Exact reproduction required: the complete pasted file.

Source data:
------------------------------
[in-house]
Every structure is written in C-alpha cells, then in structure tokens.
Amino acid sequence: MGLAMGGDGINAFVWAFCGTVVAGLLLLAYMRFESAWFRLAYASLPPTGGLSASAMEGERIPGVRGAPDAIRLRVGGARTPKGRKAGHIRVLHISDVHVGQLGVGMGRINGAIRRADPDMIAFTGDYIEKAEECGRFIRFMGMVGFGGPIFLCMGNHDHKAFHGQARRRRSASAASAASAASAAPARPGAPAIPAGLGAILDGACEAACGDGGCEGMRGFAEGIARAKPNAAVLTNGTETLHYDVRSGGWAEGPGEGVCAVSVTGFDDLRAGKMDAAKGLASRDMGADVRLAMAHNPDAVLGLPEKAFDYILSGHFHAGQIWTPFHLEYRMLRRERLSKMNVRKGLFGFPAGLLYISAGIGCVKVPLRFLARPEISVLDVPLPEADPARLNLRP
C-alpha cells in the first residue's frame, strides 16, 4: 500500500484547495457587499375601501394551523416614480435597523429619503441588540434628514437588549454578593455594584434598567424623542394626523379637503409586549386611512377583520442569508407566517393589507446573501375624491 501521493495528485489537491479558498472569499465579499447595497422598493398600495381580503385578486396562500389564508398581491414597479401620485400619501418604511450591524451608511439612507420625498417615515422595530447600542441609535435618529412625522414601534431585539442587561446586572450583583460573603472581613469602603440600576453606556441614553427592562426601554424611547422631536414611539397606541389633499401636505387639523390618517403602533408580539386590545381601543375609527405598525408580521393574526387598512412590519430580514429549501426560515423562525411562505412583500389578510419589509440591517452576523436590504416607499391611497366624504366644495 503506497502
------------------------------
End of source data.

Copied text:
[in-house]
Every structure is written in C-alpha cells, then in structure tokens.
Amino acid sequence: MGLAMGGDGINAFVWAFCGTVVAGLLLLAYMRFESAWFRLAYASLPPTGGLSASAMEGERIPGVRGAPDAIRLRVGGARTPKGRKAGHIRVLHISDVHVGQLGVGMGRINGAIRRADPDMIAFTGDYIEKAEECGRFIRFMGMVGFGGPIFLCMGNHDHKAFHGQARRRRSASAASAASAASAAPARPGAPAIPAGLGAILDGACEAACGDGGCEGMRGFAEGIARAKPNAAVLTNGTETLHYDVRSGGWAEGPGEGVCAVSVTGFDDLRAGKMDAAKGLASRDMGADVRLAMAHNPDAVLGLPEKAFDYILSGHFHAGQIWTPFHLEYRMLRRERLSKMNVRKGLFGFPAGLLYISAGIGCVKVPLRFLARPEISVLDVPLPEADPARLNLRP
C-alpha cells in the first residue's frame, strides 16, 4: 500500500484547495457587499375601501394551523416614480435597523429619503441588540434628514437588549454578593455594584434598567424623542394626523379637503409586549386611512377583520442569508407566517393589507446573501375624491 501521493495528485489537491479558498472569499465579499447595497422598493398600495381580503385578486396562500389564508398581491414597479401620485400619501418604511450591524451608511439612507420625498417615515422595530447600542441609535435618529412625522414601534431585539442587561446586572450583583460573603472581613469602603440600576453606556441614553427592562426601554424611547422631536414611539397606541389633499401636505387639523390618517403602533408580539386590545381601543375609527405598525408580521393574526387598512412590519430580514429549501426560515423562525411562505412583500389578510419589509440591517452576523436590504416607499391611497366624504366644495 503506497502